Europe’s bond markets look set to have a warm July as the European Central Bank’s asset purchases keep running and hefty government debt issuance slows down for the summer.
This month could see 57 billion euros ($64 billion) of spare cash chasing assets, according to Citigroup Inc.’s Saumesh Dutta, since the ECB’s buying along with coupon payments and redemptions to investors will more than soak up any debt sales.
That should be “very supportive” for European government bonds, particularly French ones, Dutta said in a note. The prospects for the remainder of the year are even better, according to Bank of America strategist Erjon Satko, who expects bond sales to be countered by cash in excess of 222 billion euros, the most since 2017.
“The size of reinvestment flows (including all ECB QE programs) are picking up materially in July, September and October,” Satko wrote in a note.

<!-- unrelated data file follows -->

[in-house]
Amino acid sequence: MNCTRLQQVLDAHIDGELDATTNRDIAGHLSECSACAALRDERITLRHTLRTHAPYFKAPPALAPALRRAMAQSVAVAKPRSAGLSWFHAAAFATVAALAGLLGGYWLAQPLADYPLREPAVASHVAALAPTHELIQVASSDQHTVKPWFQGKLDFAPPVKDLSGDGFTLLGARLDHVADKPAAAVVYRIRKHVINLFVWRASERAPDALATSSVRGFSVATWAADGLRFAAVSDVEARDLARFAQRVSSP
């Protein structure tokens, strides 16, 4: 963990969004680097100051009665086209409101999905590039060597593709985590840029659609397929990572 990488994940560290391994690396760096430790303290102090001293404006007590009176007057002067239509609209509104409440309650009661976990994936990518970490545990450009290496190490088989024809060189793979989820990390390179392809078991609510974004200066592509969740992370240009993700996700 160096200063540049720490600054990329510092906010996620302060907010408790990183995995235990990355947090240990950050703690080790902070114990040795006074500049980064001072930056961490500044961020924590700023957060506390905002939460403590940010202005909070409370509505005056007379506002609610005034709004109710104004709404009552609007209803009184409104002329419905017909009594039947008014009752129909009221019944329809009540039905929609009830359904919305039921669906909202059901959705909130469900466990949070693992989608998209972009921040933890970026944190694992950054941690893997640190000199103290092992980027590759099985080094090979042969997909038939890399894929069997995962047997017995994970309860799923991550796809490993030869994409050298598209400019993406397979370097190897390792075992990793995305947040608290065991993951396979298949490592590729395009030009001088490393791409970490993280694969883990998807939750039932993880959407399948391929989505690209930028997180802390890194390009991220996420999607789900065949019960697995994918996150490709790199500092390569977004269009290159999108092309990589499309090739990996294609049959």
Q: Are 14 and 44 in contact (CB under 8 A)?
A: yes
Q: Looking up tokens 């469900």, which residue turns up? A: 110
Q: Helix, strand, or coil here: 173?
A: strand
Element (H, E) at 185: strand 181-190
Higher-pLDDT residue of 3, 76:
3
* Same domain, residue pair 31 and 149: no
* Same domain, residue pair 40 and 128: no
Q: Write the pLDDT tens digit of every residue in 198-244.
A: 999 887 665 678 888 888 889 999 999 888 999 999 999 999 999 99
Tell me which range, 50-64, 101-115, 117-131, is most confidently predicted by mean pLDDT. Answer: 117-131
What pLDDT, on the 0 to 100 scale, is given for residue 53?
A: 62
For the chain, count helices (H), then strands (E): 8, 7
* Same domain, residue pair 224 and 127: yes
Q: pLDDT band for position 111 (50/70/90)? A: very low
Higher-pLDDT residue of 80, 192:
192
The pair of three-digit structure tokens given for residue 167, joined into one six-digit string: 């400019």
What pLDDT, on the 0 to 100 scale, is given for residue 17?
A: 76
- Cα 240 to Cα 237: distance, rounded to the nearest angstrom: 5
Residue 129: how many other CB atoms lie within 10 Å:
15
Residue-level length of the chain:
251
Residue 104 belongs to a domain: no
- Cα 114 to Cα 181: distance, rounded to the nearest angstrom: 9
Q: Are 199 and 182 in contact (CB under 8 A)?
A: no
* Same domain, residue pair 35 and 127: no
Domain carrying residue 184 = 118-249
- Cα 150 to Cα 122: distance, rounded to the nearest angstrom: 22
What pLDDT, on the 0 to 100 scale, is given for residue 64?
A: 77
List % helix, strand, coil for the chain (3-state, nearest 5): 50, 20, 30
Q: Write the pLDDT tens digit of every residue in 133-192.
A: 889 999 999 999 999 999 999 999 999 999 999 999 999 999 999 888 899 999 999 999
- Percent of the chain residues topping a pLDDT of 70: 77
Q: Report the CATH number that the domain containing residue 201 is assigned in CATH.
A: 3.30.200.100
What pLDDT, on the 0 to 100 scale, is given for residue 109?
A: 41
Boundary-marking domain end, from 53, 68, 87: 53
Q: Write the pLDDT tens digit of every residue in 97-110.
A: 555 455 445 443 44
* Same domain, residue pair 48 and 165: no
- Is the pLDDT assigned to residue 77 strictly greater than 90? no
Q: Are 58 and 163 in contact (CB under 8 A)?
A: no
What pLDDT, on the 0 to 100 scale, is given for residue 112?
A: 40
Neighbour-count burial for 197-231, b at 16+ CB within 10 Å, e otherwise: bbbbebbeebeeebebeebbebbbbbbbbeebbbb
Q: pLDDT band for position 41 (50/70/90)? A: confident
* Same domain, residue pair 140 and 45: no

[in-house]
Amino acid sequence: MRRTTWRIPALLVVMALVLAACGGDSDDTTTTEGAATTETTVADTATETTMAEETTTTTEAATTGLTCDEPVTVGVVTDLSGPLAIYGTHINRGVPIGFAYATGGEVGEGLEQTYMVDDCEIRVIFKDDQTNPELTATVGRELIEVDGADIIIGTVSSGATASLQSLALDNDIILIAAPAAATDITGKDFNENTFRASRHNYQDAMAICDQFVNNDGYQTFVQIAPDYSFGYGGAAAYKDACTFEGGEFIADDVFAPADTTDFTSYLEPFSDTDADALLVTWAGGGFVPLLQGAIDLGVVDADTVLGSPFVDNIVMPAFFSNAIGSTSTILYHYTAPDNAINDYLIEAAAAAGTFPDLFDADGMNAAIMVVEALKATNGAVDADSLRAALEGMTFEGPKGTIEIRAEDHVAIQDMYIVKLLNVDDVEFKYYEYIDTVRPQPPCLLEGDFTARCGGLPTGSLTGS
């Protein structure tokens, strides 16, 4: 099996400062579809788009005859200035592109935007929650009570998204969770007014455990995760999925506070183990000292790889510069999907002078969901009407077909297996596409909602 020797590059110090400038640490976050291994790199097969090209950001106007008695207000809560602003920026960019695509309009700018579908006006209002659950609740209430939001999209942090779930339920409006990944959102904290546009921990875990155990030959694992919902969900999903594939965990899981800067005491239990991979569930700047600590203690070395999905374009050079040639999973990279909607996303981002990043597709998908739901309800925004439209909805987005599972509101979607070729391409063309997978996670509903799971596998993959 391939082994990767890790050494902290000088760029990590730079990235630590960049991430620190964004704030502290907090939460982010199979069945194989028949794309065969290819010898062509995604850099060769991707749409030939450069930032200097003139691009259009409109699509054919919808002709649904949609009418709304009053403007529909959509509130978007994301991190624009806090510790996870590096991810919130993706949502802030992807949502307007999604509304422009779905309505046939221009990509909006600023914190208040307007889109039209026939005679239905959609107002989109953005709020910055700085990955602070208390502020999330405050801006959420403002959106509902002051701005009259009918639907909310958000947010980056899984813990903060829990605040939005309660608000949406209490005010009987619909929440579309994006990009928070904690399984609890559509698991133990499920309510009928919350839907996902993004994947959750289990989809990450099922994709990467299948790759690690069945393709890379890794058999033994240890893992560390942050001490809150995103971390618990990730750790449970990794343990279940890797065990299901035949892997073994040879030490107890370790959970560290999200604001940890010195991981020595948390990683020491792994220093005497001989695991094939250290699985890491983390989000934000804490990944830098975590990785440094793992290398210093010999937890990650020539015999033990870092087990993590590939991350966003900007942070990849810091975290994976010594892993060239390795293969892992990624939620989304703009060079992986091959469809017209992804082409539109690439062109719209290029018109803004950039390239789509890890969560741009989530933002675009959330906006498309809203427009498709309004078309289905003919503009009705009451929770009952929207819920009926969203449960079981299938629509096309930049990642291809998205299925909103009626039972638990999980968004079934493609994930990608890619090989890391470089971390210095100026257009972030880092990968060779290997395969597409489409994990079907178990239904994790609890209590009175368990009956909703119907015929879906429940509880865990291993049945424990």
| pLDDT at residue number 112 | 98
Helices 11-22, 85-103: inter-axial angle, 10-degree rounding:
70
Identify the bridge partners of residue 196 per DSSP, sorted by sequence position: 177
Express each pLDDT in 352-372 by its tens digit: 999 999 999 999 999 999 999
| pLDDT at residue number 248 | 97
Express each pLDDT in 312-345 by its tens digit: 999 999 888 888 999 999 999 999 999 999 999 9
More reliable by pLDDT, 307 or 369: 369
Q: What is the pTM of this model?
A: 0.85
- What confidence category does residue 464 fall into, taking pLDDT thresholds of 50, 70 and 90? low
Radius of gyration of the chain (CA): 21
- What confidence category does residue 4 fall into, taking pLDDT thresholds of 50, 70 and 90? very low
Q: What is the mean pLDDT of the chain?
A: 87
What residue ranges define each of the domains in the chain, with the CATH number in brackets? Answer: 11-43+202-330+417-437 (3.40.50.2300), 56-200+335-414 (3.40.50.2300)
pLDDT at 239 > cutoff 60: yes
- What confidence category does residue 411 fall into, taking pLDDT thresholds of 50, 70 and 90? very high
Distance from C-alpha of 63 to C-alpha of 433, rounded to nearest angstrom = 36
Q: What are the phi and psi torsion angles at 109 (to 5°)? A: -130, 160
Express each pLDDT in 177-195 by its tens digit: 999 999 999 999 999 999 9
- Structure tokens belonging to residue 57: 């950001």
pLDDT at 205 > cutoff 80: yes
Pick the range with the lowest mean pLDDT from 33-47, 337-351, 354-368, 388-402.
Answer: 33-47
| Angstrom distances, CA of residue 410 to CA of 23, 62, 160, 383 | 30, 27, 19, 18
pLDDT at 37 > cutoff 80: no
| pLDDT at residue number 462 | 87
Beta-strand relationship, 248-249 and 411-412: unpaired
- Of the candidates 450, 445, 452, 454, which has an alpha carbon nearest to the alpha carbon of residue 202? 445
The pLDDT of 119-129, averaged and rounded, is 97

European bond investors will also be looking for progress on the European Union’s proposals for a coronavirus recovery fund next week, given member states remain deeply divided on the stimulus. Gilt traders will be watching U.K. Chancellor Rishi Sunak’s address to Parliament on July 8, when he is expected to announce new measures to boost the economy.
Bond issuance next week is set to slow rapidly. Germany will offer a new five-year note, while Austria and Ireland also have sales, and there are no bond coupons or redemptions to be paid. Germany still has 150 billion euros of supply to be done in 2020, more than at this time last year, said Jorge Garayo, a rates strategist at Societe Generale SA.
Italy will sell a new BTP Futura bond to retail investors, demand for which is unpredictable, according to LSEG Borsa Italiana’s fixed-income head Pietro Poletto. There may be further opportunistic selling from its Treasury with a seven-year offering through banks.
U.K. debt sales are also set to slow, to 7 billion pounds across three sales, one of which is an inflation-linked bond.